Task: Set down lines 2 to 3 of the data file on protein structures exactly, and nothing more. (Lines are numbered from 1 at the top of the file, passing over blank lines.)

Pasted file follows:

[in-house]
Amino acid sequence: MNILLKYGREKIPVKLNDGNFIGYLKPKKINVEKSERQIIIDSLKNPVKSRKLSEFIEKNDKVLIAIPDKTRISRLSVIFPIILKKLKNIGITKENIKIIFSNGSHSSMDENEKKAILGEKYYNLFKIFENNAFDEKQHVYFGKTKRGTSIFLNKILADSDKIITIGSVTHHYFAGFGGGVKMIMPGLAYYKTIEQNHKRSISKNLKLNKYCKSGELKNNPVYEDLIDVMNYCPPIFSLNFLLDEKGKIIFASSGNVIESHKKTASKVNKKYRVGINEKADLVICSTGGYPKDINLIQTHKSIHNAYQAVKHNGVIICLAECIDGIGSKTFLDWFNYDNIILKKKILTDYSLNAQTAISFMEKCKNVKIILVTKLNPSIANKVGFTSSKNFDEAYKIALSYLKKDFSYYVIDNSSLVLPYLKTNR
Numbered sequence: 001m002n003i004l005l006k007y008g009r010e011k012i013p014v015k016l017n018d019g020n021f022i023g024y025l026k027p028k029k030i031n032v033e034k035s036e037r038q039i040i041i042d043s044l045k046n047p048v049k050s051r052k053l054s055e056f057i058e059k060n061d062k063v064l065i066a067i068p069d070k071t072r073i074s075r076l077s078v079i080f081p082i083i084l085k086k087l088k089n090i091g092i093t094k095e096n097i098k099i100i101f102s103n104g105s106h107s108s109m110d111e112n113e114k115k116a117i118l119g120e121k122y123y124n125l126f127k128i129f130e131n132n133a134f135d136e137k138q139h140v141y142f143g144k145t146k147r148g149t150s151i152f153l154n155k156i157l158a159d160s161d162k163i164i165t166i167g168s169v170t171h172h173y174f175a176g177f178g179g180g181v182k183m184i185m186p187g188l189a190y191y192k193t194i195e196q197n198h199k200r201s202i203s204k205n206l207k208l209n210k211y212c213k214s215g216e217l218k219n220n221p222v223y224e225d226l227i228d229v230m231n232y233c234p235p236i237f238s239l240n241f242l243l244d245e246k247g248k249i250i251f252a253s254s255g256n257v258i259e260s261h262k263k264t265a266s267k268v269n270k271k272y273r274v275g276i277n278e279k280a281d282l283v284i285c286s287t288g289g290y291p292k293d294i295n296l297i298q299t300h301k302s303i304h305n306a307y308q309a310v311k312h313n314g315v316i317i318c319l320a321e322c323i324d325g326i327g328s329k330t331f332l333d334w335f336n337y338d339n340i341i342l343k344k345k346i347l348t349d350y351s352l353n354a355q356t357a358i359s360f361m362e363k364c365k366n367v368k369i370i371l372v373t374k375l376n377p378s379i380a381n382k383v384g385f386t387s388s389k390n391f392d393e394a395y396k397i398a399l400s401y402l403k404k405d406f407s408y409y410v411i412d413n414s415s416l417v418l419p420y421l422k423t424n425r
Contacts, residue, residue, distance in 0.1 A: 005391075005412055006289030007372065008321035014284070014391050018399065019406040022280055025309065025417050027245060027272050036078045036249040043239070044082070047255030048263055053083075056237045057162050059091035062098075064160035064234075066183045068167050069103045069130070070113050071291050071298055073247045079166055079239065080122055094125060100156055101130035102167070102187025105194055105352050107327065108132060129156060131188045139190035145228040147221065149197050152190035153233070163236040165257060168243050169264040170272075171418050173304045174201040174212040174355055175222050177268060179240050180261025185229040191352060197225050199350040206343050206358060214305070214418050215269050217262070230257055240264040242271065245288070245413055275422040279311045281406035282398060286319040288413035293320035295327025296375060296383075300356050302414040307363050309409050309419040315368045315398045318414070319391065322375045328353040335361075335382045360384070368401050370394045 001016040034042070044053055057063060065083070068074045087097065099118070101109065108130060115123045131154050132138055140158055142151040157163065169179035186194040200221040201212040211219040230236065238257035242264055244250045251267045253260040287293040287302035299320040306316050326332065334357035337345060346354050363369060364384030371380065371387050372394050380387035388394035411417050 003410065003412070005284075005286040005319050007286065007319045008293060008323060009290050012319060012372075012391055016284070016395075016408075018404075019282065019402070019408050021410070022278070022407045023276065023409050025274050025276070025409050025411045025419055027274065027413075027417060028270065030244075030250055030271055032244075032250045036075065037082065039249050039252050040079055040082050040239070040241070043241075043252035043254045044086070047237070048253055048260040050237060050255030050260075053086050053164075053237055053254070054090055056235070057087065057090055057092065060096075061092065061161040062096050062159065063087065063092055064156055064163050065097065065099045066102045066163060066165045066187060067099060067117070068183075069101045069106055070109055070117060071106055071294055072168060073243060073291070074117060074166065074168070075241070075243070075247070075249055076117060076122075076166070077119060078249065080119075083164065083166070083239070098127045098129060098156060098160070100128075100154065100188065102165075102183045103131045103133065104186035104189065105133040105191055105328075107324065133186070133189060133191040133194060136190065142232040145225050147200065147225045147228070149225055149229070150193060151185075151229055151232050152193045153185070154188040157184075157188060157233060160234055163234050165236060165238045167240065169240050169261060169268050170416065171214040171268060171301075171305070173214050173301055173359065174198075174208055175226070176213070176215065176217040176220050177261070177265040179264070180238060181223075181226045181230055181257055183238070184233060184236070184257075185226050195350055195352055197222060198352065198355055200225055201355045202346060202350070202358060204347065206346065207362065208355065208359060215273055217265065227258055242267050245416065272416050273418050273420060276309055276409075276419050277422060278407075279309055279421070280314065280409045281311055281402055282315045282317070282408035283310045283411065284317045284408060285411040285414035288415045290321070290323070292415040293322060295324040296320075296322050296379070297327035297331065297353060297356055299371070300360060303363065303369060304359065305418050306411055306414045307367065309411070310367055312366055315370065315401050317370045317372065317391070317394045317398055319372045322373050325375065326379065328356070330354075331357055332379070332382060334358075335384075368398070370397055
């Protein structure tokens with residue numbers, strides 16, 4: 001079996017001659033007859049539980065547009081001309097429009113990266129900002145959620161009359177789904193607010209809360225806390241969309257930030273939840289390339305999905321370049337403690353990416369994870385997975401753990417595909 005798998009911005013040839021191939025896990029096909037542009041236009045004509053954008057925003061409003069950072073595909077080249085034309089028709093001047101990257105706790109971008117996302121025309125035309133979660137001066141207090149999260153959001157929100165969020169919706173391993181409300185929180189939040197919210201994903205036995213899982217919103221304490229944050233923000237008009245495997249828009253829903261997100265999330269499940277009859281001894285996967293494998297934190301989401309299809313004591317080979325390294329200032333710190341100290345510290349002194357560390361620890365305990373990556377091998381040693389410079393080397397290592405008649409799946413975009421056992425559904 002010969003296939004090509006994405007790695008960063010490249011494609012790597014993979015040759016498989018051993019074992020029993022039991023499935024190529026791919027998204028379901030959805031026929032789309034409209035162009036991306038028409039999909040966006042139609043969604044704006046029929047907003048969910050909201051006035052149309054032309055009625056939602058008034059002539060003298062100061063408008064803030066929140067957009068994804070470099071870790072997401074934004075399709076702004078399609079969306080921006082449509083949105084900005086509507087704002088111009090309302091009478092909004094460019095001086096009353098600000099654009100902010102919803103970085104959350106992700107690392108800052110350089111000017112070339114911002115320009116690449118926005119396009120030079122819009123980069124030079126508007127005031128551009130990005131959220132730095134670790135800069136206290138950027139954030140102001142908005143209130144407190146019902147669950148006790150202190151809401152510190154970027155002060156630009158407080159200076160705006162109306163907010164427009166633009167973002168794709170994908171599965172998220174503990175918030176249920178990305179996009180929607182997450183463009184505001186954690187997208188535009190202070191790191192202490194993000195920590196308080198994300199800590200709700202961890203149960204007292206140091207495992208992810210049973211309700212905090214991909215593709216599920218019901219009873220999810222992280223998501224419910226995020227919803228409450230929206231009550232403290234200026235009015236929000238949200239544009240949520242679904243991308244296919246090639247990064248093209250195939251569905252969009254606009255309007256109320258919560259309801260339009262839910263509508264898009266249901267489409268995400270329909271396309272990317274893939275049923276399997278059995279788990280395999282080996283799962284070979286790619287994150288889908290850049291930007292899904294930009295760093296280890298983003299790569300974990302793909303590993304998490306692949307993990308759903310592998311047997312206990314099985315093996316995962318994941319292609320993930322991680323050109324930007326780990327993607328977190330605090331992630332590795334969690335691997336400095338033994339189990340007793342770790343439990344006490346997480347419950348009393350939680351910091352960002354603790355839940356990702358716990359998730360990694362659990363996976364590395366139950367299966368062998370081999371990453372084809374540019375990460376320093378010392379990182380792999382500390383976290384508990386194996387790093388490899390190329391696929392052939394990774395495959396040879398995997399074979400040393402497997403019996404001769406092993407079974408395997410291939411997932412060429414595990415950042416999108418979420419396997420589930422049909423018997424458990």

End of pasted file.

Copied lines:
Amino acid sequence: MNILLKYGREKIPVKLNDGNFIGYLKPKKINVEKSERQIIIDSLKNPVKSRKLSEFIEKNDKVLIAIPDKTRISRLSVIFPIILKKLKNIGITKENIKIIFSNGSHSSMDENEKKAILGEKYYNLFKIFENNAFDEKQHVYFGKTKRGTSIFLNKILADSDKIITIGSVTHHYFAGFGGGVKMIMPGLAYYKTIEQNHKRSISKNLKLNKYCKSGELKNNPVYEDLIDVMNYCPPIFSLNFLLDEKGKIIFASSGNVIESHKKTASKVNKKYRVGINEKADLVICSTGGYPKDINLIQTHKSIHNAYQAVKHNGVIICLAECIDGIGSKTFLDWFNYDNIILKKKILTDYSLNAQTAISFMEKCKNVKIILVTKLNPSIANKVGFTSSKNFDEAYKIALSYLKKDFSYYVIDNSSLVLPYLKTNR
Numbered sequence: 001m002n003i004l005l006k007y008g009r010e011k012i013p014v015k016l017n018d019g020n021f022i023g024y025l026k027p028k029k030i031n032v033e034k035s036e037r038q039i040i041i042d043s044l045k046n047p048v049k050s051r052k053l054s055e056f057i058e059k060n061d062k063v064l065i066a067i068p069d070k071t072r073i074s075r076l077s078v079i080f081p082i083i084l085k086k087l088k089n090i091g092i093t094k095e096n097i098k099i100i101f102s103n104g105s106h107s108s109m110d111e112n113e114k115k116a117i118l119g120e121k122y123y124n125l126f127k128i129f130e131n132n133a134f135d136e137k138q139h140v141y142f143g144k145t146k147r148g149t150s151i152f153l154n155k156i157l158a159d160s161d162k163i164i165t166i167g168s169v170t171h172h173y174f175a176g177f178g179g180g181v182k183m184i185m186p187g188l189a190y191y192k193t194i195e196q197n198h199k200r201s202i203s204k205n206l207k208l209n210k211y212c213k214s215g216e217l218k219n220n221p222v223y224e225d226l227i228d229v230m231n232y233c234p235p236i237f238s239l240n241f242l243l244d245e246k247g248k249i250i251f252a253s254s255g256n257v258i259e260s261h262k263k264t265a266s267k268v269n270k271k272y273r274v275g276i277n278e279k280a281d282l283v284i285c286s287t288g289g290y291p292k293d294i295n296l297i298q299t300h301k302s303i304h305n306a307y308q309a310v311k312h313n314g315v316i317i318c319l320a321e322c323i324d325g326i327g328s329k330t331f332l333d334w335f336n337y338d339n340i341i342l343k344k345k346i347l348t349d350y351s352l353n354a355q356t357a358i359s360f361m362e363k364c365k366n367v368k369i370i371l372v373t374k375l376n377p378s379i380a381n382k383v384g385f386t387s388s389k390n391f392d393e394a395y396k397i398a399l400s401y402l403k404k405d406f407s408y409y410v411i412d413n414s415s416l417v418l419p420y421l422k423t424n425r